Book Recommendation

… by John W. Head (posted 19 Feb 2021)

Rinker Buck, The Oregon Trail: A New American Journey (Simon & Schuster Paperbacks, 2015)

This book’s subtitle – A New American Journey – can carry several meanings. The story is that of a pair of brothers traveling just a few years ago by covered wagon along what remains today of the Oregon Trail (they go from St. Joseph, Missouri, to Baker City, Oregon). It therefore tells of a “new” journey tracing the journeys of many wagon trains from over a century ago. The “new” journey faces countless challenges because the path of the “old” journey is lost in some places and covered over in other places with the accoutrements of modern society. Rinker Buck and his brother must avoid interstate highways, for instance, and the pervasive privatization of land. (Even public lands have been claimed in various ways by private persons and their livestock.) In short, the “new” journey is only partially an echo of the “old” journey … and an uncomfortably dissonant echo at that.

But the subtitle might also tell readers of a “new America” – one that is either appealing or distressing depending on the reader’s disposition. For my perspective, the “new America” portrayed in the book is a mess. Despite the scenic magnificence that appear still today in northeast Kansas, the Platte River of Nebraska, much of Wyoming, and stretches of southern Idaho into eastern Oregon, modern human activity has degraded much of it beyond recognition. Time and again, Buck’s book reveals what disasters such human activity has brought to those Plains and Western states.

Maybe some upbeat notes can be found, however, in yet another interpretation of the book’s subtitle. Maybe we can envision a different sort of “new American journey”, one in which the sentiments that Buck invites us to experience will stimulate us into action. What Buck and his brother discover – or rather uncover – in making the effort to follow the Oregon Trail in a way reminiscent of the covered-wagon travelers of the nineteenth century might prompt us to see the Trail differently. Different in what way? As a pathway that traversed, then trashed, inspiring landscapes teeming with natural life … and which can still be restored if smart policies are implemented immediately to arrest and repair the damage.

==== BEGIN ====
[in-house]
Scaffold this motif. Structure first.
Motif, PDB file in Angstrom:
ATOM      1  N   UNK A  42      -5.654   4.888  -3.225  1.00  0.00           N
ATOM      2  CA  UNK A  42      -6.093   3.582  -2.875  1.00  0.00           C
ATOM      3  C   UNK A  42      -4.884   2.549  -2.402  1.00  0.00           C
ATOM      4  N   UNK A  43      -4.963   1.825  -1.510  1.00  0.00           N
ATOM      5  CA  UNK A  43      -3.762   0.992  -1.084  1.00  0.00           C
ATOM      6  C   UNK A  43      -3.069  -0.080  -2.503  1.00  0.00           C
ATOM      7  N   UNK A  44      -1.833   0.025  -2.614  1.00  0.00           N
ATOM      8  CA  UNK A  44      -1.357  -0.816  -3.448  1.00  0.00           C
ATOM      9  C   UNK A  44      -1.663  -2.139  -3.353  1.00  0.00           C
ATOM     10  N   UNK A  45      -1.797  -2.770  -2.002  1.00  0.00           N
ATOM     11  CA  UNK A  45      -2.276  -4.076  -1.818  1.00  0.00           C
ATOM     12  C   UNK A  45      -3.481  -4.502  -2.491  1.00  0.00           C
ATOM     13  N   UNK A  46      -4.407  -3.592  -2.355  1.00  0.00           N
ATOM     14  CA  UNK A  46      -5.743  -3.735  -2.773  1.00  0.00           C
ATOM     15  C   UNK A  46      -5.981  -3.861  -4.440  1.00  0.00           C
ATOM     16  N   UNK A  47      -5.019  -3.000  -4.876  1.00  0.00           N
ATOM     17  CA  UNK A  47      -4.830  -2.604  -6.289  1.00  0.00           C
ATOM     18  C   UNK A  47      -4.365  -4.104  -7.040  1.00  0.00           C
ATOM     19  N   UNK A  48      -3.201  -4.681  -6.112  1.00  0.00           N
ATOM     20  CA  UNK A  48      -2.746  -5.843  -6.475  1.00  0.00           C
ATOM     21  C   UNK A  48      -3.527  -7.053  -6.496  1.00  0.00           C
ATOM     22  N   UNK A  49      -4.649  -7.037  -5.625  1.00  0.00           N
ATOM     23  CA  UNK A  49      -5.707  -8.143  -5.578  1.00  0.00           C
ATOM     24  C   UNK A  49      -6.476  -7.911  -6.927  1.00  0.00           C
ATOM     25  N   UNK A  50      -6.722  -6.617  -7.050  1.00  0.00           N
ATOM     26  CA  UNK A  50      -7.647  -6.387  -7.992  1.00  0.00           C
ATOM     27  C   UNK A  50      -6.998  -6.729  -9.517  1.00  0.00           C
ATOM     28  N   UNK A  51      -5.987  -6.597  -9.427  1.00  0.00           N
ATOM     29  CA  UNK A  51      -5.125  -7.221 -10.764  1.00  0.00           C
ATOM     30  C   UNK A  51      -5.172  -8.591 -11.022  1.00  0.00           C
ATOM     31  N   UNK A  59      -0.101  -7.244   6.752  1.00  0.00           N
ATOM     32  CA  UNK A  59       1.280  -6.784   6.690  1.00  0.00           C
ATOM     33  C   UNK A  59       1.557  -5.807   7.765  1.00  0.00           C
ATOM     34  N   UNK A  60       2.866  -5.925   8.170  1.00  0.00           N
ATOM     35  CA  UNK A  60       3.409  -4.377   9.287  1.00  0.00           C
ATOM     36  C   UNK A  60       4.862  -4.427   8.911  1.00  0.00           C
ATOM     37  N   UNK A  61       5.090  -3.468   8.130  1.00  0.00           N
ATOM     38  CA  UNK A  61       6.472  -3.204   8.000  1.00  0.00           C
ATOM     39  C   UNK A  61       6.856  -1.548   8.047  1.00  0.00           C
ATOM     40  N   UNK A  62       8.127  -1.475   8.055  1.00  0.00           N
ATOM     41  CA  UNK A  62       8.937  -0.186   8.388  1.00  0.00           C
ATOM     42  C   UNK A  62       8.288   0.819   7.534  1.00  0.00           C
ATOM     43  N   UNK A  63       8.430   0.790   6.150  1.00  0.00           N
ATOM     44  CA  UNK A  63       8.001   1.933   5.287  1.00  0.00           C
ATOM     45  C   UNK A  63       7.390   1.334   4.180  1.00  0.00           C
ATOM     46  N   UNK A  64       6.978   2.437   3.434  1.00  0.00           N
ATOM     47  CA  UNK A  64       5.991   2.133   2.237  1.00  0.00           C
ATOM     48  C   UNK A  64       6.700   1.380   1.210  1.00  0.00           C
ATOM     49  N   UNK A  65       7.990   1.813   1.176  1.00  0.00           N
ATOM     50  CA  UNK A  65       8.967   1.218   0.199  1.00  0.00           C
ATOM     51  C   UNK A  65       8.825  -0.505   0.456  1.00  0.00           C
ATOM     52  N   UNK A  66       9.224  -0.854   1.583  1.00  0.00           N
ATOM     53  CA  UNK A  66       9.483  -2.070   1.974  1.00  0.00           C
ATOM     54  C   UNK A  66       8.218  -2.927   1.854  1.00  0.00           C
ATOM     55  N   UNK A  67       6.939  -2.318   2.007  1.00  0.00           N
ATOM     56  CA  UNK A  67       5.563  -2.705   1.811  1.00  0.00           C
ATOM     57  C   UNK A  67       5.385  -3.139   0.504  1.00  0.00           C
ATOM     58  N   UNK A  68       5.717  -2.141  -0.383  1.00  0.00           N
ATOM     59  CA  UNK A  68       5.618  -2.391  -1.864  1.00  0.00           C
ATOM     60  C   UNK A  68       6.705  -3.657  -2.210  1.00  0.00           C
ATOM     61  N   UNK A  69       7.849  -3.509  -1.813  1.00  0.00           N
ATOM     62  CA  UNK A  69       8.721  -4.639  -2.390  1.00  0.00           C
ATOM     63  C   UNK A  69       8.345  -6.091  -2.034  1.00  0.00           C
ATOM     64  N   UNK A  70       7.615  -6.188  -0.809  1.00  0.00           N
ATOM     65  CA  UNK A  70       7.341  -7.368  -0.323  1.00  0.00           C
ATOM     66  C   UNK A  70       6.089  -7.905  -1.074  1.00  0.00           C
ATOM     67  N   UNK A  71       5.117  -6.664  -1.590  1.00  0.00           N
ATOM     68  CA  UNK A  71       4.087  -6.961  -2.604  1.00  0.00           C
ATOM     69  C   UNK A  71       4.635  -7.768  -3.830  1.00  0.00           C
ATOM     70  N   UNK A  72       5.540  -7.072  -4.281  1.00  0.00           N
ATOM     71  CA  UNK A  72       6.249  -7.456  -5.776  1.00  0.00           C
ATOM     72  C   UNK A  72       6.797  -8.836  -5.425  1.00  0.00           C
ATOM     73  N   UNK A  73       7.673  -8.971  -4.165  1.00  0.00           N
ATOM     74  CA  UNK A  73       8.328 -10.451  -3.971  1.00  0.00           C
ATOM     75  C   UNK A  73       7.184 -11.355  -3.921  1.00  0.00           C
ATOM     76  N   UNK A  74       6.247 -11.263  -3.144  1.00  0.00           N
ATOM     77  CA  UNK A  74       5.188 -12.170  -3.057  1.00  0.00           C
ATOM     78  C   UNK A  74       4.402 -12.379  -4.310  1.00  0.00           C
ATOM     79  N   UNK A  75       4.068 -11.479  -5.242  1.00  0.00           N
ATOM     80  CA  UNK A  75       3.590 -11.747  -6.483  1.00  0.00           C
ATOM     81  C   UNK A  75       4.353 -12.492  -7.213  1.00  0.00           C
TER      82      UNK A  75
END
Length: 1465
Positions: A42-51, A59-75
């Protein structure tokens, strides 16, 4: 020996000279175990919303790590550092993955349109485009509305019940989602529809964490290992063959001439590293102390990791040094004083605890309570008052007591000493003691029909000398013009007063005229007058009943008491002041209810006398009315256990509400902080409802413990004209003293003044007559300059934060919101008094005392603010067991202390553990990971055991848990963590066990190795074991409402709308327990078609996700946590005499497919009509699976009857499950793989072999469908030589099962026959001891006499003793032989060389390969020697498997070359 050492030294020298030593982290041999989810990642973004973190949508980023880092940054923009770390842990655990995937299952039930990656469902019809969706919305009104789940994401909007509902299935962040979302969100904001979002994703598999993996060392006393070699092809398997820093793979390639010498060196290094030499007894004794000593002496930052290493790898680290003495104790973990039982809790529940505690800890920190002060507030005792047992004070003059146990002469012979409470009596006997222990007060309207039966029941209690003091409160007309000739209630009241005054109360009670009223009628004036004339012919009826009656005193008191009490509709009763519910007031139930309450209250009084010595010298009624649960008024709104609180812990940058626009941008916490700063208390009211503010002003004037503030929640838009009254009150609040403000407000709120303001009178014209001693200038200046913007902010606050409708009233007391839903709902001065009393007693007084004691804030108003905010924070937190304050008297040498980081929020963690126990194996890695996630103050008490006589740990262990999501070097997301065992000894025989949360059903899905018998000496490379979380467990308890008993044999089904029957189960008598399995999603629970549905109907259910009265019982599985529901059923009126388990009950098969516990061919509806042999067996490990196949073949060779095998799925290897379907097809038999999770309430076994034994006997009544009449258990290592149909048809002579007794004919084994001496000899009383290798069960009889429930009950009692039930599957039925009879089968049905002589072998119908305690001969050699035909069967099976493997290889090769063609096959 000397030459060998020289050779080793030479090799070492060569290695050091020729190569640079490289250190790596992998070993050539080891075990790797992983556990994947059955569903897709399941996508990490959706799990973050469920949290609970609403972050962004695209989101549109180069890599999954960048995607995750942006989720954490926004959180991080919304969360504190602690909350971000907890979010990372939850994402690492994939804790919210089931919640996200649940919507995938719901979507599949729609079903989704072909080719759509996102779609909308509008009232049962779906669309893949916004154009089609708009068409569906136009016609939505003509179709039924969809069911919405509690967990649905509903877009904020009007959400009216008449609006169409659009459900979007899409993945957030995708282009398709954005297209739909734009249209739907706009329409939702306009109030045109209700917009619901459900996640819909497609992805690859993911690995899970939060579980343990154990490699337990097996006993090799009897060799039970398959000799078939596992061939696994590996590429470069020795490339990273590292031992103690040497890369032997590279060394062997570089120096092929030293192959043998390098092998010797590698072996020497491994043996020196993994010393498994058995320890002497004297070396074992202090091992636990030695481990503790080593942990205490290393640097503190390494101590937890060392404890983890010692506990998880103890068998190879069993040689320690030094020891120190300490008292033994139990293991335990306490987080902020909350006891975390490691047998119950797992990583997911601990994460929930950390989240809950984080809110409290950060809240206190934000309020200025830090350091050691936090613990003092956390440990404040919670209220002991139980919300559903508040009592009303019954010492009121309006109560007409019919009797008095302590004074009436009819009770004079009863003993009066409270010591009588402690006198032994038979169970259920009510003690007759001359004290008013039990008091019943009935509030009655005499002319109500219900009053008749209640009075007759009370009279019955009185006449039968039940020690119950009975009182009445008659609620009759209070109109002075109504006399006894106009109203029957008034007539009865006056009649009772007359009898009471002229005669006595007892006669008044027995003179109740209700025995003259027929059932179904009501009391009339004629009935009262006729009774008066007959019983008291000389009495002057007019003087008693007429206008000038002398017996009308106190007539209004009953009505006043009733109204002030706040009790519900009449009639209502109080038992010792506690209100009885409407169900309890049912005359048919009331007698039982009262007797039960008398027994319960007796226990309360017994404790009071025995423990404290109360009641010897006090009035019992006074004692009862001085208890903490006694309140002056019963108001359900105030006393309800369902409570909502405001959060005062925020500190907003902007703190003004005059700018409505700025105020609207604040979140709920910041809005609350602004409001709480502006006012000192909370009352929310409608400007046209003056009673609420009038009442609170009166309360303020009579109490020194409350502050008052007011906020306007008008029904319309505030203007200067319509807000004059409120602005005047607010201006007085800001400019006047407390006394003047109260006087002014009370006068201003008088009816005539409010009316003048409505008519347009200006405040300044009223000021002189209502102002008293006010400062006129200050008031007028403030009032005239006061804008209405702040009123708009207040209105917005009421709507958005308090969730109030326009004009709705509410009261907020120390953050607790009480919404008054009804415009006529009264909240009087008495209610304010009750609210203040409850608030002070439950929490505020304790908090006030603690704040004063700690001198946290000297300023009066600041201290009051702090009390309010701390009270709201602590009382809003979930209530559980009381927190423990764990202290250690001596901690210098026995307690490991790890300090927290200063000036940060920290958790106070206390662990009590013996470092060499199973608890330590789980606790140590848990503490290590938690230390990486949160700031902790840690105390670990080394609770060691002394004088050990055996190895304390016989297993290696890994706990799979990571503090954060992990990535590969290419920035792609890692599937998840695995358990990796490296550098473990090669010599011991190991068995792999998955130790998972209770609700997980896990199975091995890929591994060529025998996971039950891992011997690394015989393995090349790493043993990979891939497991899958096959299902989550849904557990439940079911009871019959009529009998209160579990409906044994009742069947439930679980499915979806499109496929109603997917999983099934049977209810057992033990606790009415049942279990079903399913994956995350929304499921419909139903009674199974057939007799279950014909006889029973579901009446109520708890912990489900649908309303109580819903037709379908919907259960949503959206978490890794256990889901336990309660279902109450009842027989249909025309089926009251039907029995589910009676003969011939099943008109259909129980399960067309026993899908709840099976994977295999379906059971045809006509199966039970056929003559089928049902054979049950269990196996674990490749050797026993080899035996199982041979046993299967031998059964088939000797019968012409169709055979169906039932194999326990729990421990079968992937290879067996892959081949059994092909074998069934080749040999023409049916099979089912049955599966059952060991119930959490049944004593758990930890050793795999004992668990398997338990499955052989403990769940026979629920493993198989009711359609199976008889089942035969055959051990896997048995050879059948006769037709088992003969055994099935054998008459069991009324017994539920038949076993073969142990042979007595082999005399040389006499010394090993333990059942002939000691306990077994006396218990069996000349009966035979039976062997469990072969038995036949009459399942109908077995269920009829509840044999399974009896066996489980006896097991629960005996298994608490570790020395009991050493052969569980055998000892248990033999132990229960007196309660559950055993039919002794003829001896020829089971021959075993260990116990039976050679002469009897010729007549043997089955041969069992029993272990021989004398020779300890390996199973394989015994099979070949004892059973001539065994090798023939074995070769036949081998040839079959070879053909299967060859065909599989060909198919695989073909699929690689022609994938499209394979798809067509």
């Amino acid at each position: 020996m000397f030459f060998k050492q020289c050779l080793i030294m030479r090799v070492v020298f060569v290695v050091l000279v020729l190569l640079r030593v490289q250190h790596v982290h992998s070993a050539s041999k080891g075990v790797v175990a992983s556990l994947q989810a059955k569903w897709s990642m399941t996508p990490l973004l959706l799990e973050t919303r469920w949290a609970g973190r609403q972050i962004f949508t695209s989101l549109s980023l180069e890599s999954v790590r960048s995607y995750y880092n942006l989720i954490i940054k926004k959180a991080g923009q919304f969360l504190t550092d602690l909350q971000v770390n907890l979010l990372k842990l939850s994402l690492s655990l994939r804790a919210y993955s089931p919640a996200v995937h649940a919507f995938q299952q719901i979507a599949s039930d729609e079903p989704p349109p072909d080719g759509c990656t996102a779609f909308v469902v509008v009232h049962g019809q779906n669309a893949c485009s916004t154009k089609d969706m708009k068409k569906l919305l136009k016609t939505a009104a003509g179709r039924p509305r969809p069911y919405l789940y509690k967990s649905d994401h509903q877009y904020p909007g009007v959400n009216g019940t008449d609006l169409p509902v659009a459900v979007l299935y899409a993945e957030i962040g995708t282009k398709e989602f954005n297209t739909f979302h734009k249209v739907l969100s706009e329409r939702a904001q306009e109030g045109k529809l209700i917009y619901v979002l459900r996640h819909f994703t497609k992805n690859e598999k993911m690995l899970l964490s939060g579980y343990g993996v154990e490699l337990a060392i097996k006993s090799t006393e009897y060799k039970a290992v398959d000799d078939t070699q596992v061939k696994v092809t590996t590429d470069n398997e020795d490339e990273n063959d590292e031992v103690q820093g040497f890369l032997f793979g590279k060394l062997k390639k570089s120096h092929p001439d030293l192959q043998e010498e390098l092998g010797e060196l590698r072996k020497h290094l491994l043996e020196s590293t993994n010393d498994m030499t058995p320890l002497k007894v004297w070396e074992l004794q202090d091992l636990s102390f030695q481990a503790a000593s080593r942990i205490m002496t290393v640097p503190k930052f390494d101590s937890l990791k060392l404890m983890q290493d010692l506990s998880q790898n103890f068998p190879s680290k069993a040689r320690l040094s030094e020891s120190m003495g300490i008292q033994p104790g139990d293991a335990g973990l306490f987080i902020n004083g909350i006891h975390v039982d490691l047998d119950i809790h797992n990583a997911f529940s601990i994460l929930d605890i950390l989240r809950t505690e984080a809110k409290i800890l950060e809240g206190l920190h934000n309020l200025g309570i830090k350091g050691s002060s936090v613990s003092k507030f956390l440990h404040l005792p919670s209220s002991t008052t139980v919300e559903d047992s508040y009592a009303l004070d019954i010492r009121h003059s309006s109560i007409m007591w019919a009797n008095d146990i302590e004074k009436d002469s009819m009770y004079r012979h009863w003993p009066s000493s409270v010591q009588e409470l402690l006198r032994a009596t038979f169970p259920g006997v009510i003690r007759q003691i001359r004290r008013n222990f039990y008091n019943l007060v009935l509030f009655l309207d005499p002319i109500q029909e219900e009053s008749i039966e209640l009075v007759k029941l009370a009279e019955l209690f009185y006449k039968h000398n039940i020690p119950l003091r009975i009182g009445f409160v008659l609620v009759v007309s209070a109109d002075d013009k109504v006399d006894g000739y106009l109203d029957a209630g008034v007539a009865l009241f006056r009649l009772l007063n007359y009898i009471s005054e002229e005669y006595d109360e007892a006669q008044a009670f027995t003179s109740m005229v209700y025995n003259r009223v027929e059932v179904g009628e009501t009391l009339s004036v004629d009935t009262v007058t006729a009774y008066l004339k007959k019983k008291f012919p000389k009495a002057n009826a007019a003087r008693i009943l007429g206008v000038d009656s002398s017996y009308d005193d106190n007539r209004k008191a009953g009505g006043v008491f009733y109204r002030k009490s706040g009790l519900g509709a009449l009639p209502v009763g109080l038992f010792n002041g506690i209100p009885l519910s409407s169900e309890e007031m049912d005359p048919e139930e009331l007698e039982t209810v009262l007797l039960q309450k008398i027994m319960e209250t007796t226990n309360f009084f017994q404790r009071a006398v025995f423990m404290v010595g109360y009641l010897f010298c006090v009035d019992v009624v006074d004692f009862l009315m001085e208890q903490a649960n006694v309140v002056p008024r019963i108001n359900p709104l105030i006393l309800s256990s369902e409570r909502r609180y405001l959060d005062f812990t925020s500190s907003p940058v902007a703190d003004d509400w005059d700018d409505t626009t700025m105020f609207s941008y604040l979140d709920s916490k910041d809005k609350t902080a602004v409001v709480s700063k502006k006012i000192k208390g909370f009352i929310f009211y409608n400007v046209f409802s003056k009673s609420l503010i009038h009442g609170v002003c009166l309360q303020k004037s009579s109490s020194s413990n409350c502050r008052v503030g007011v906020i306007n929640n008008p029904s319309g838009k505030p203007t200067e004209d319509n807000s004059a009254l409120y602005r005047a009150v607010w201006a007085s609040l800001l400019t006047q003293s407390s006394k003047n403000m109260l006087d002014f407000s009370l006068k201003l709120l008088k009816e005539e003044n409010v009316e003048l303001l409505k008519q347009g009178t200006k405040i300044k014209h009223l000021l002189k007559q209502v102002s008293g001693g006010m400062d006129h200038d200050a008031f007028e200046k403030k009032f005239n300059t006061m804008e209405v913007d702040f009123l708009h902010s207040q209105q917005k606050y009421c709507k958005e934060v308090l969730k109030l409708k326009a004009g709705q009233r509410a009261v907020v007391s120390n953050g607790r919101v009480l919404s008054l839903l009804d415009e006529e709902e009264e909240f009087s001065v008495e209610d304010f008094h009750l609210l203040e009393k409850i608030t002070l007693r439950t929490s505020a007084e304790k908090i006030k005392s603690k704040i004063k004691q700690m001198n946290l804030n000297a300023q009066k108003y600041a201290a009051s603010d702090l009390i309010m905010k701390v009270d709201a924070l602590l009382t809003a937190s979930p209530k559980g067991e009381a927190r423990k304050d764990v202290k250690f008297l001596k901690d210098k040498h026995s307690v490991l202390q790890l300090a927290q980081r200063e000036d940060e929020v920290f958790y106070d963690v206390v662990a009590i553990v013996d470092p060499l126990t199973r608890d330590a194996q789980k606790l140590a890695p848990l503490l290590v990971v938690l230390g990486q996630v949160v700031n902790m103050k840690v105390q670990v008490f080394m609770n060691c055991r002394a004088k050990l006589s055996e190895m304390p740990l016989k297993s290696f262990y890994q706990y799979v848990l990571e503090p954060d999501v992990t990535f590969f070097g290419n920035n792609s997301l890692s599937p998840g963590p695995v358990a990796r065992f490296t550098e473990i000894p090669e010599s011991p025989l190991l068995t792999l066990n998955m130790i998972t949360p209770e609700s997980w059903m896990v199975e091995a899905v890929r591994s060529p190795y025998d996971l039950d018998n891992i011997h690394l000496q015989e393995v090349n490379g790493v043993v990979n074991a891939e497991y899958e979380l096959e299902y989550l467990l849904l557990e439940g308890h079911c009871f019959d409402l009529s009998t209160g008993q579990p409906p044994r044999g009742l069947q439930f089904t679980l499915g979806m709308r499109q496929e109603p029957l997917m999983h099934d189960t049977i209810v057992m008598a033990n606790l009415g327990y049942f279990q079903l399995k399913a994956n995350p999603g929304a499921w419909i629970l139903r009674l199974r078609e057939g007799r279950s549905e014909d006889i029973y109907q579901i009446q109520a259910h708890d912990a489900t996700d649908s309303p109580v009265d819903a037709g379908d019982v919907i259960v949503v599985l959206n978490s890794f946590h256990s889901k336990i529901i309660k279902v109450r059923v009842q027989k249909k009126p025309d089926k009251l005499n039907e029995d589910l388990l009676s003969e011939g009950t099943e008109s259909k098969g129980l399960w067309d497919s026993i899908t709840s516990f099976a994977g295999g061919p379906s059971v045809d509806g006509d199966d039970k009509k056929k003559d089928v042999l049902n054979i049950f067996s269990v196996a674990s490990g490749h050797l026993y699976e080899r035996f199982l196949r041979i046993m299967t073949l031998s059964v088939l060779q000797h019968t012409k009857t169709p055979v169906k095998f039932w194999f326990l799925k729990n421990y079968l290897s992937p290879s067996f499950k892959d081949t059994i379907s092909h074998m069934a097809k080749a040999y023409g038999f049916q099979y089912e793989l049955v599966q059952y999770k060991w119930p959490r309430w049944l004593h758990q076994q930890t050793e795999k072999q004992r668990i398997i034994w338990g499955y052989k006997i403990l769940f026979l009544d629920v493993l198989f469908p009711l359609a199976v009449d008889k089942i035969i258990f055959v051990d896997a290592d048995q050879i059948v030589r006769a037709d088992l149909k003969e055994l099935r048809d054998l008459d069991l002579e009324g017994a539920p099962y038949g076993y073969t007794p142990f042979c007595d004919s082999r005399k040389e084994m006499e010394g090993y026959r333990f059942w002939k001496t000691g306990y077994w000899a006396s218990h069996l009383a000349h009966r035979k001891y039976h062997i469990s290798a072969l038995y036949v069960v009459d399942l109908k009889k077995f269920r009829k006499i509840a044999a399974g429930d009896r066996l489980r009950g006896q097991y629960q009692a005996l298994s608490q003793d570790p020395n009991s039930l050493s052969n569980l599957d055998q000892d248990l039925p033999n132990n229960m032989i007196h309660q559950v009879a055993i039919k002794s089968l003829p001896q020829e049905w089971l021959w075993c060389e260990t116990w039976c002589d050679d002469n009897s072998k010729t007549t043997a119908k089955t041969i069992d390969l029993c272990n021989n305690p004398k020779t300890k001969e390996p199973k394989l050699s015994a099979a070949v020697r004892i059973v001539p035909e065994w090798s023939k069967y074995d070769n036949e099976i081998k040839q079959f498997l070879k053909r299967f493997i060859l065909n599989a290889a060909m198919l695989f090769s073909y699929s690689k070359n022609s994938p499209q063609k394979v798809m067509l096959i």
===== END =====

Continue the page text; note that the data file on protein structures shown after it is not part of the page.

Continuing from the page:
Fortunately, The Oregon Trail does not preach this message. Some readers may draw the message from its pages – as I do, reading from the perspective of the Global RESTORATION Project and its aims of reversing ecological damage worldwide ( Other readers may simply enjoy the book for its account of adventure, with all its false starts, greenhorn mistakes, and harrowing battles with harsh weather and harsh humans presenting obstacles to the journey. For all readers, though, the book is worth the time to enjoy – especially because its pages are populated also with friendly and generous people helping the brothers on their way. If only those friendly and generous people (as well as the harsh ones) could be persuaded to do much, much more in the way of preserving and restoring the landscapes they share with other species. Then the book might help bring not only entertainment but also change.